"We're leaning into really dark themes on Netherheaven," Davidson says. "This is our crack at Satanic, diabolical death metal. Each track is a great representation of the album as a whole. 'Diabolical Majesty' is a ripper of a song-classic, in-your-face death metal. It's got an energetic chorus, a groove laden bridge, and the solo showcases our progressive side . It's a great opening song, I think. 'Godforsaken' is more of a mid tempo bruiser. It's got a Dying Fetus vibe with its slammy verse riff, but the bridge takes a left turn into this epic, looping melody that's quite hypnotic and haunting. Sort of reminds me of something off of …And Justice for All with the dual harmonized leads that swell right before the band kicks in. "Re-Crucified" is another banger that doesn't let up! We got Trevor and 'Corpsegrinder' to sing on that track, and they're just incredible."
Davidson's relentless on Netherheaven. Musically, it's Revocation's darkest and heaviest yet. Lyrically, it's a sharp lens into Hell and the harbingers aiming for its introduction. Inspired by Dante Alighieri's Divine Comedy, Robert W. Chambers's The King In Yellow and in part by America: The Farewell Tour by Chris Hedges, the album's lyrics tackle religion (Catholicism), hypocrisy, politics, the occult and demonic symbolism with a wry sleight of hand. Combined with Paolo Girardi's Hieronymus Bosch-informed cover art, this is Davidson speaking truth to power through skillful and artful metaphor. Of course, throughout Netherheaven, death metalisms run amok, but that's all part of Davidson's grand design.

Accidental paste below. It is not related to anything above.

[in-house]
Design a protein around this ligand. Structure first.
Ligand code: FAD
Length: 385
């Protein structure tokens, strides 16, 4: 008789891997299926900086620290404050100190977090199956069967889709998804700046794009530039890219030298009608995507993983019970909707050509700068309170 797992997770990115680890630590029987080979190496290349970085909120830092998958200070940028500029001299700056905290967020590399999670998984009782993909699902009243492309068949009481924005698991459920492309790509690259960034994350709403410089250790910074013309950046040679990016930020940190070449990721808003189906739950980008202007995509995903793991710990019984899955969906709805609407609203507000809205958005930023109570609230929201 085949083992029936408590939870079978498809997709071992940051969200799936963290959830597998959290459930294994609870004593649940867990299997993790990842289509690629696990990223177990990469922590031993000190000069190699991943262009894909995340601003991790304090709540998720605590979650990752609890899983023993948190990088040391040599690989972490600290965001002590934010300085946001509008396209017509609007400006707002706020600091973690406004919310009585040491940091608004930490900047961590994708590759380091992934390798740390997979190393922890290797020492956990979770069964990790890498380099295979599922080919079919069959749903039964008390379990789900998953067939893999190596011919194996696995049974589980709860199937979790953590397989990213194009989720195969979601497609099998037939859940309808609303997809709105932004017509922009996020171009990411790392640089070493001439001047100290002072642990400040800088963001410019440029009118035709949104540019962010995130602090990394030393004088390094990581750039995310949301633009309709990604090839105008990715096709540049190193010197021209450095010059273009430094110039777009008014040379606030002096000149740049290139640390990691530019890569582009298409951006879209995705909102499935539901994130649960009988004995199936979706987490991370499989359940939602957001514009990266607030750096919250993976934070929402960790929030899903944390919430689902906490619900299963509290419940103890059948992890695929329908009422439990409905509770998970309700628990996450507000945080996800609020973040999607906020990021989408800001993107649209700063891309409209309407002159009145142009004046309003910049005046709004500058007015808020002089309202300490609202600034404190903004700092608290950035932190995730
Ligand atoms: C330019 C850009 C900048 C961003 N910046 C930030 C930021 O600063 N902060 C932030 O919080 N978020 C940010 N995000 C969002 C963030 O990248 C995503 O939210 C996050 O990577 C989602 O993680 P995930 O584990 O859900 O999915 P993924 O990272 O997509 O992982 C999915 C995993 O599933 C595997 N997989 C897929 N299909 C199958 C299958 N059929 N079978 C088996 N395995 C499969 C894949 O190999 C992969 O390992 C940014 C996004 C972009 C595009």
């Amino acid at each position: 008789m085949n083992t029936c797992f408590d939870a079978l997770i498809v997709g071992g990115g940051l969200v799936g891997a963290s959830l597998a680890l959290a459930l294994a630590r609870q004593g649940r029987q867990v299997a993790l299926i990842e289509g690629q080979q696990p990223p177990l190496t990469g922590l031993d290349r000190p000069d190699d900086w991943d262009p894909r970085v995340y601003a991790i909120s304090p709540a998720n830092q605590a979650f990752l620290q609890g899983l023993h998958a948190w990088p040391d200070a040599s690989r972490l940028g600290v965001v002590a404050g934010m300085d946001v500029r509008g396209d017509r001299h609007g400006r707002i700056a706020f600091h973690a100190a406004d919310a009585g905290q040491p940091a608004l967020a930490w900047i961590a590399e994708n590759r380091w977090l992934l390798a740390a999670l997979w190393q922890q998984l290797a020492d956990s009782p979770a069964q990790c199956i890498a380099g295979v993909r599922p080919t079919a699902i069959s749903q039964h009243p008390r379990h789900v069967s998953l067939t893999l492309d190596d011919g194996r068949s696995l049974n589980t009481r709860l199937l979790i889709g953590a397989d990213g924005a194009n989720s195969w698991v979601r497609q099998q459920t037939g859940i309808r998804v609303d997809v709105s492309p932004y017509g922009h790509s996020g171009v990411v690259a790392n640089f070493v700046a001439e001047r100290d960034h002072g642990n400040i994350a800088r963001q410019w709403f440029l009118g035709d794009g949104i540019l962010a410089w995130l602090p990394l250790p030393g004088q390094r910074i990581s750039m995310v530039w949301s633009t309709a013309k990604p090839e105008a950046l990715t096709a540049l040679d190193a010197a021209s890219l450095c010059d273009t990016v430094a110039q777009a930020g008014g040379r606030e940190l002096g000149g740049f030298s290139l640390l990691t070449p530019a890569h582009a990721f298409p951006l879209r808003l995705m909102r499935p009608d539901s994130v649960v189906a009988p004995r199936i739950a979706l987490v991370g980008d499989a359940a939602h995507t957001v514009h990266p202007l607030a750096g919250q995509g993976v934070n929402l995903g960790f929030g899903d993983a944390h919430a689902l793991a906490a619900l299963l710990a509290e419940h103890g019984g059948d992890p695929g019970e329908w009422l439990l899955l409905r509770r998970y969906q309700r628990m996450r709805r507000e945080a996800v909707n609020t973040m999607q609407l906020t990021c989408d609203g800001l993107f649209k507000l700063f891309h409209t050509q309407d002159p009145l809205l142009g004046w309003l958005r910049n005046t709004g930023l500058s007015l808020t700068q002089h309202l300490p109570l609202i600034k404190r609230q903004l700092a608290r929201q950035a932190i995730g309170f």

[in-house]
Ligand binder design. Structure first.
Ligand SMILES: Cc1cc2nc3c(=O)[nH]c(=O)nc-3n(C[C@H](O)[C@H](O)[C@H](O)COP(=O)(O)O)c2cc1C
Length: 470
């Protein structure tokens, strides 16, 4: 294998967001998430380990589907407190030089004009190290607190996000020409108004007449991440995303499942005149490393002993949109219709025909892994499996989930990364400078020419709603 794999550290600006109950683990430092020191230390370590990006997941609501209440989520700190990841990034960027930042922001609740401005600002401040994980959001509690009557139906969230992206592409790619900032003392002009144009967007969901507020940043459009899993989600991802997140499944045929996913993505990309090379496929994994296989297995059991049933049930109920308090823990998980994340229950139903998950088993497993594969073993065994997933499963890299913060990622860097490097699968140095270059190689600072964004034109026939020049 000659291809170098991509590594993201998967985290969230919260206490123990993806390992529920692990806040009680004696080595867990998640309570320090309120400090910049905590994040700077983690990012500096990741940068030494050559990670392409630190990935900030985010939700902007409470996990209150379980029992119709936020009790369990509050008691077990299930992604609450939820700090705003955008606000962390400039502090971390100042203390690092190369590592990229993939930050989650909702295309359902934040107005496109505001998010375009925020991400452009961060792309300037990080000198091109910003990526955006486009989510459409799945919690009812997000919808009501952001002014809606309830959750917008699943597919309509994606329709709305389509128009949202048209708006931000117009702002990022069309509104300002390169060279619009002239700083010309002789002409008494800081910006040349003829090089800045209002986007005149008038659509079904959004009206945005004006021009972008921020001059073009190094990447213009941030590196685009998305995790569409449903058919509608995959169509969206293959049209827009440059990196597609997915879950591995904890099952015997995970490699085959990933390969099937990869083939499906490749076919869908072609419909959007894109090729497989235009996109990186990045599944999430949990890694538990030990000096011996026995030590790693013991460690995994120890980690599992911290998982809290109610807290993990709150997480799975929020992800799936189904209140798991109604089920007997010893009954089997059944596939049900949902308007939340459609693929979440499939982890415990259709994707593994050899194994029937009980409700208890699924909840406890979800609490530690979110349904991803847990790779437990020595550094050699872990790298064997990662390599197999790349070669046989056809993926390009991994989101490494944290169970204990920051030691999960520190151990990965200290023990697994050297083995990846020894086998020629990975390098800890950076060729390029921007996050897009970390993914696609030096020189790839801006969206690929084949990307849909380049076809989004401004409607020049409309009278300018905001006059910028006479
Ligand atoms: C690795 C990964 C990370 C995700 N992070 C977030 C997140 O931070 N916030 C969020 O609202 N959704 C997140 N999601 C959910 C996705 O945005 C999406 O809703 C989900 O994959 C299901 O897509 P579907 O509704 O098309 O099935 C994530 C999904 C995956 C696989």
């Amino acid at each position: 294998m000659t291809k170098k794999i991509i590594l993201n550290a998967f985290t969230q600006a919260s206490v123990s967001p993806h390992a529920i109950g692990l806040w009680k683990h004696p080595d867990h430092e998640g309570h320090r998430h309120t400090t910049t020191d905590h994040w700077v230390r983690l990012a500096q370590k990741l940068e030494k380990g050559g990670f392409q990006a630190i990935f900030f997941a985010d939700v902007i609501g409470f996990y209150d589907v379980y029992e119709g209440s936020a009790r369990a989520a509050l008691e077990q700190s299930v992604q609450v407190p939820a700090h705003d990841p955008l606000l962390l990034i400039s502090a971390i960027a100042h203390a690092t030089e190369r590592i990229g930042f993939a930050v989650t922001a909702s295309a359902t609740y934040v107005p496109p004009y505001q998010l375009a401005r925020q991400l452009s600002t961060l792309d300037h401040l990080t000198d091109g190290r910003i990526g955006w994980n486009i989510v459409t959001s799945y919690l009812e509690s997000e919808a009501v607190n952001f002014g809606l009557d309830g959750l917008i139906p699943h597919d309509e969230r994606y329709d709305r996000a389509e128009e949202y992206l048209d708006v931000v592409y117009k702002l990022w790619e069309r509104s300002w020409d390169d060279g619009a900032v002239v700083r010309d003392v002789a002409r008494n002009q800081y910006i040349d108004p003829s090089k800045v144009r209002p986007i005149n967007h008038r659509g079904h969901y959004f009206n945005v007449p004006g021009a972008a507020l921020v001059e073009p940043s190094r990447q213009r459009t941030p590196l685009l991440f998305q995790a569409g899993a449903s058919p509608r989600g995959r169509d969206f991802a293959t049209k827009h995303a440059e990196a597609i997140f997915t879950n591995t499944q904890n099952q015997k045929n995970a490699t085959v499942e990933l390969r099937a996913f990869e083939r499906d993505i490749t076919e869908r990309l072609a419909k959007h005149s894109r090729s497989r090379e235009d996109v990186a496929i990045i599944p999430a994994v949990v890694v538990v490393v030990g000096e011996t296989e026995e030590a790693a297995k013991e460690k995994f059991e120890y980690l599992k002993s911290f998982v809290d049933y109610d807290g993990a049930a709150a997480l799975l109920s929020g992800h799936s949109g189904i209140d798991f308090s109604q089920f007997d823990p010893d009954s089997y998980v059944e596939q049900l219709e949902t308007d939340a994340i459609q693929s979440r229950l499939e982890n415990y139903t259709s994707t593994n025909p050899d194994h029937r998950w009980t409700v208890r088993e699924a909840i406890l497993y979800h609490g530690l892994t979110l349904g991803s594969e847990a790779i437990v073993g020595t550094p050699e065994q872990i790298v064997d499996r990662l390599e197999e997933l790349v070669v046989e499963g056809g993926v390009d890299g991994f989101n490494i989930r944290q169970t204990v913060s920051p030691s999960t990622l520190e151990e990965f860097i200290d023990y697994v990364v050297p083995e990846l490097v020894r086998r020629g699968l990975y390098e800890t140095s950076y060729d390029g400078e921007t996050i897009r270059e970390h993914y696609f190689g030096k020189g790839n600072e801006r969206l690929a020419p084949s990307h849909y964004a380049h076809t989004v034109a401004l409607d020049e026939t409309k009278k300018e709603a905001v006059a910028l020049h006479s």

"'Godforsaken' tackles the idea of the Rapture, but with a twist." says Davidson "God has had enough of the human race and decides to cast his creation into the fire. As Doomsday cult preppers and holier than thou preachers prepare to ascend they realize their God has forsaken them and damned them to Hell. I was raised Catholic. I went to Catholic school. That symbolism and iconography are ingrained in me so I thought it would be cool to invert that imagery all in the name of death metal. 'Diabolical Majesty' is about the satanic temple in Salem, Massachusetts and their fight to put up the Baphomet statue on government property. They're trolling the religious right. It's an important statement about freedom of speech in America especially when evangelicals and politicians are strengthening their alliances and imposing their will on democracy . 'Re-Crucified' was inspired by Dante's Inferno. I read that book when I was in high school and recently revisited it to get into the right mindset when writing the lyrics so I felt it was only fitting to use it as inspiration for the album closer. 'Nihilistic Violence' references the modern-day Hell we live in, especially after the events of January 6th-the crumbling of U.S. infrastructure, the fractures and divisions in society, and the people stoking the divisions. There were a lot of dark moments during the pandemic, but I think January 6th will go down in infamy."